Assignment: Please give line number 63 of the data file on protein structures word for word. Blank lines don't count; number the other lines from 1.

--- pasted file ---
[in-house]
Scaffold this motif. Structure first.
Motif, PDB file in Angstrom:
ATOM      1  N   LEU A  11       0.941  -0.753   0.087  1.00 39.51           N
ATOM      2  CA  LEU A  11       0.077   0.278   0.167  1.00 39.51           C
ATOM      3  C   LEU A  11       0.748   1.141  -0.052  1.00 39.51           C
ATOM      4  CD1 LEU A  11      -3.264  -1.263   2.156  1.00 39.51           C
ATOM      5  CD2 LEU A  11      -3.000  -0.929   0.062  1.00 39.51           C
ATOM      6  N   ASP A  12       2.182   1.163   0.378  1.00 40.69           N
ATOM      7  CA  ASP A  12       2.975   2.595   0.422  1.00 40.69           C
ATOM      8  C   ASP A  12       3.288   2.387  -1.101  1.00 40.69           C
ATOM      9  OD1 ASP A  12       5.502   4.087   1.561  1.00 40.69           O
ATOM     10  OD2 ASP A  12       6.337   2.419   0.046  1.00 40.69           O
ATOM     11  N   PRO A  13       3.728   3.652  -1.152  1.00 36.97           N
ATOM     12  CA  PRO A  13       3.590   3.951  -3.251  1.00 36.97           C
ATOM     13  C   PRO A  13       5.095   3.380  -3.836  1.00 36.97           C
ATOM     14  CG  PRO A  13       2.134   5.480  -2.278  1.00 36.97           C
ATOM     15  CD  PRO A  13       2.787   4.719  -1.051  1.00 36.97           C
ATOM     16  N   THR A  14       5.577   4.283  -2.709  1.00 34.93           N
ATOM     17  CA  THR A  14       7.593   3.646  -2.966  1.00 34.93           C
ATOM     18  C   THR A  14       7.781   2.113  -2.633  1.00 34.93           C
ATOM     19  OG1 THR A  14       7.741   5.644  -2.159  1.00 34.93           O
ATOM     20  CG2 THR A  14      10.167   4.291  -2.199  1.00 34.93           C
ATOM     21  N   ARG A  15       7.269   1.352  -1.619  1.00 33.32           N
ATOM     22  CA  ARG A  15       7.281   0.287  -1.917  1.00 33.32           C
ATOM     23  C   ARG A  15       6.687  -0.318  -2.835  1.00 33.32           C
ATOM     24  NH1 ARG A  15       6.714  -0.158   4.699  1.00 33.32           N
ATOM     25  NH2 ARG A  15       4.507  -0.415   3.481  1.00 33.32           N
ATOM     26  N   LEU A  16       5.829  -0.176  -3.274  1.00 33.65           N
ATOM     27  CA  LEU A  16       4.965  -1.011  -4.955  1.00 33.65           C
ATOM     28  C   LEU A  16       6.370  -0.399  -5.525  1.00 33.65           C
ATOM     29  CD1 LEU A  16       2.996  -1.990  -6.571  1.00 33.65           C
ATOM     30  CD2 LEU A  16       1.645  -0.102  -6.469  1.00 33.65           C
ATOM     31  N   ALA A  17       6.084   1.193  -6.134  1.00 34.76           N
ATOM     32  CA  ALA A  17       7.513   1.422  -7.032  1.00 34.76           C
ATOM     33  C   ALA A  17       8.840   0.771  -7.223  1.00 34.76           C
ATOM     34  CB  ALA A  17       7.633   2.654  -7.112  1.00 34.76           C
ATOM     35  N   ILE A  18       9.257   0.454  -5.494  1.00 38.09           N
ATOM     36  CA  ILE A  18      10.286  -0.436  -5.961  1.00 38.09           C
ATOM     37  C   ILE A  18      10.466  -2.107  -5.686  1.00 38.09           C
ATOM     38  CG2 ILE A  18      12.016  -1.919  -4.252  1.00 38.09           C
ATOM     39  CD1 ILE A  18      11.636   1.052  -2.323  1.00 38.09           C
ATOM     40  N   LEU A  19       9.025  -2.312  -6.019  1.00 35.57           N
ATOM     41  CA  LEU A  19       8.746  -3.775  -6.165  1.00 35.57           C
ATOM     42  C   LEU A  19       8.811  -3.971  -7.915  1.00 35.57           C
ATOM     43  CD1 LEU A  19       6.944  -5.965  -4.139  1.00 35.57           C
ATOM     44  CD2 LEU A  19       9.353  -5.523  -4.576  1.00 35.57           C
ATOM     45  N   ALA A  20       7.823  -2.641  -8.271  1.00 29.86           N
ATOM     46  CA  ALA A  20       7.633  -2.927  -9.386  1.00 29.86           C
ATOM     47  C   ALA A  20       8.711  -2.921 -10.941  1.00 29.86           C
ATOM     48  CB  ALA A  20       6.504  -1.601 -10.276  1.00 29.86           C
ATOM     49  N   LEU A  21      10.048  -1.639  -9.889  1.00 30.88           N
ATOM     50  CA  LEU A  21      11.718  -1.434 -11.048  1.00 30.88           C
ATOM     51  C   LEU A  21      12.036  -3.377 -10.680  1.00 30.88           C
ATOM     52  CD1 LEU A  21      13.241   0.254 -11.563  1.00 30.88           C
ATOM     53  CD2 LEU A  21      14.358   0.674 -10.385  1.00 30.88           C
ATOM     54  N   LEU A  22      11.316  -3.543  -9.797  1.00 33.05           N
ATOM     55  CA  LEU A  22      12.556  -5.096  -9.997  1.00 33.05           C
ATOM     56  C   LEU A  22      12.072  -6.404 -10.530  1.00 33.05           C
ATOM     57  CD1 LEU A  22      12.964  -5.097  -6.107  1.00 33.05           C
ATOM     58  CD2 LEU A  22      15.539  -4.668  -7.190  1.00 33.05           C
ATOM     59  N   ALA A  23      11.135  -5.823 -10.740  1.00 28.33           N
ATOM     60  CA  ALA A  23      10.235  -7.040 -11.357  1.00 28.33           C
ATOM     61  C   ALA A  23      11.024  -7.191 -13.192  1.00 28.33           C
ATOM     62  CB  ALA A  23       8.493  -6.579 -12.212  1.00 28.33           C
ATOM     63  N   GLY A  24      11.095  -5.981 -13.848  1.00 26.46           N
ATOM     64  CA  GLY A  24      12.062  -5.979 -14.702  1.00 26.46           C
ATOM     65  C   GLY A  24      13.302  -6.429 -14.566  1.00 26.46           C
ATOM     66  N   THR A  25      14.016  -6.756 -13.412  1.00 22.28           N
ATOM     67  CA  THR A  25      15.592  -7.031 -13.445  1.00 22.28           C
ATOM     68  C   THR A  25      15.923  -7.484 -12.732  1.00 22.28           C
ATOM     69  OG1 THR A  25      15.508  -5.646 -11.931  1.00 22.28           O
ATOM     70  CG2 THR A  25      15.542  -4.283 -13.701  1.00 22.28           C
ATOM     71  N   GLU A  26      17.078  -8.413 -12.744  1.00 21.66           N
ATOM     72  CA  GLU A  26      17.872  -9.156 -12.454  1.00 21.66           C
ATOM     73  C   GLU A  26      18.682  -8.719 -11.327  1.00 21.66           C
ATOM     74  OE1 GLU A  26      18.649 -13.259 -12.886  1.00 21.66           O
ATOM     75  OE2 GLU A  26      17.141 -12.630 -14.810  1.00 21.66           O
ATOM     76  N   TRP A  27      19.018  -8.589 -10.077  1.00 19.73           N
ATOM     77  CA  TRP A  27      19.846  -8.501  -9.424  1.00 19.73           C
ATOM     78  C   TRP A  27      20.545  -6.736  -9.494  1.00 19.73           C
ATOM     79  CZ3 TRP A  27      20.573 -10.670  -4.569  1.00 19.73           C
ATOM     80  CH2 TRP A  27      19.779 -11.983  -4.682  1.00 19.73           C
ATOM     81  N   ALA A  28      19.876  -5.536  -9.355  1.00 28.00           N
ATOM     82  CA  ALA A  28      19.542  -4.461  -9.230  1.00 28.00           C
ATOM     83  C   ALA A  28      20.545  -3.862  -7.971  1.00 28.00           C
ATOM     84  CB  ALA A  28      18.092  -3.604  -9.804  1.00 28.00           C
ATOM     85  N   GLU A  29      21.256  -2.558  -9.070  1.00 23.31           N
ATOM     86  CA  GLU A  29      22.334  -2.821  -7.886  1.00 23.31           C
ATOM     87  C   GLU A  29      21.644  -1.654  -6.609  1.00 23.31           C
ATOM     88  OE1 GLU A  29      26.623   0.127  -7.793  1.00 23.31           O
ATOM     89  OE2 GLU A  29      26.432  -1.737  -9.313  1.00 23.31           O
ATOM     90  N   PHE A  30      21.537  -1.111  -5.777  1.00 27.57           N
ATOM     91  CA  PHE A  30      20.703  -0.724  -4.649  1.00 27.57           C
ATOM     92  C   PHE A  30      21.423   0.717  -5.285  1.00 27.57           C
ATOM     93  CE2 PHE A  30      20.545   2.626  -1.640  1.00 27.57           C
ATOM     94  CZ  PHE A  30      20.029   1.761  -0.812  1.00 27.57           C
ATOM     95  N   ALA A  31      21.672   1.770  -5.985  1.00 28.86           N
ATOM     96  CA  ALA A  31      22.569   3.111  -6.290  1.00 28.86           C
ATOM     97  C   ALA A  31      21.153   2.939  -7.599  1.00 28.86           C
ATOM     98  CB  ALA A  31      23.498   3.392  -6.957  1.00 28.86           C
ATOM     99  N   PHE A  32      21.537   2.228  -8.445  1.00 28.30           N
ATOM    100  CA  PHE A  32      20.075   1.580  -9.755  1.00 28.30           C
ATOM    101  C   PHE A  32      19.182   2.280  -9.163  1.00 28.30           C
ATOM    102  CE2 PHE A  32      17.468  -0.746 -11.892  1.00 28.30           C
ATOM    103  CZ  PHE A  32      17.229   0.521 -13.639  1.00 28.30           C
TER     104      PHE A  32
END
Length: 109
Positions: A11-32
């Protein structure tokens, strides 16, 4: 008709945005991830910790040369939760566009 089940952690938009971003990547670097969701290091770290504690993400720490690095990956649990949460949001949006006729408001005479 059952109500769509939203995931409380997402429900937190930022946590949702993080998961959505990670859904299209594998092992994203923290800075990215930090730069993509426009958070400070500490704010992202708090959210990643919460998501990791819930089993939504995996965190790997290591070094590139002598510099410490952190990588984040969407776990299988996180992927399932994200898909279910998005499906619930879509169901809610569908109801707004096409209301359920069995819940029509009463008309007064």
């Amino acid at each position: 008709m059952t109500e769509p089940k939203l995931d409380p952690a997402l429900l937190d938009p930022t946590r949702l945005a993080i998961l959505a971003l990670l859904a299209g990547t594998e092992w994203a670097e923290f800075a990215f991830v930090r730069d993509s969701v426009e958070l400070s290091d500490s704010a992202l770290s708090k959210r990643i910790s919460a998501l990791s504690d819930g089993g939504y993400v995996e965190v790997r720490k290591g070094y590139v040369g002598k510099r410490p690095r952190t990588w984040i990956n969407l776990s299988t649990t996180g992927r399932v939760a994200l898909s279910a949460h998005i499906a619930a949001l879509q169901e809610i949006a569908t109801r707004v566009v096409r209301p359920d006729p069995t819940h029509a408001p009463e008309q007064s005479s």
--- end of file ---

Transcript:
ATOM     60  CA  ALA A  23      10.235  -7.040 -11.357  1.00 28.33           C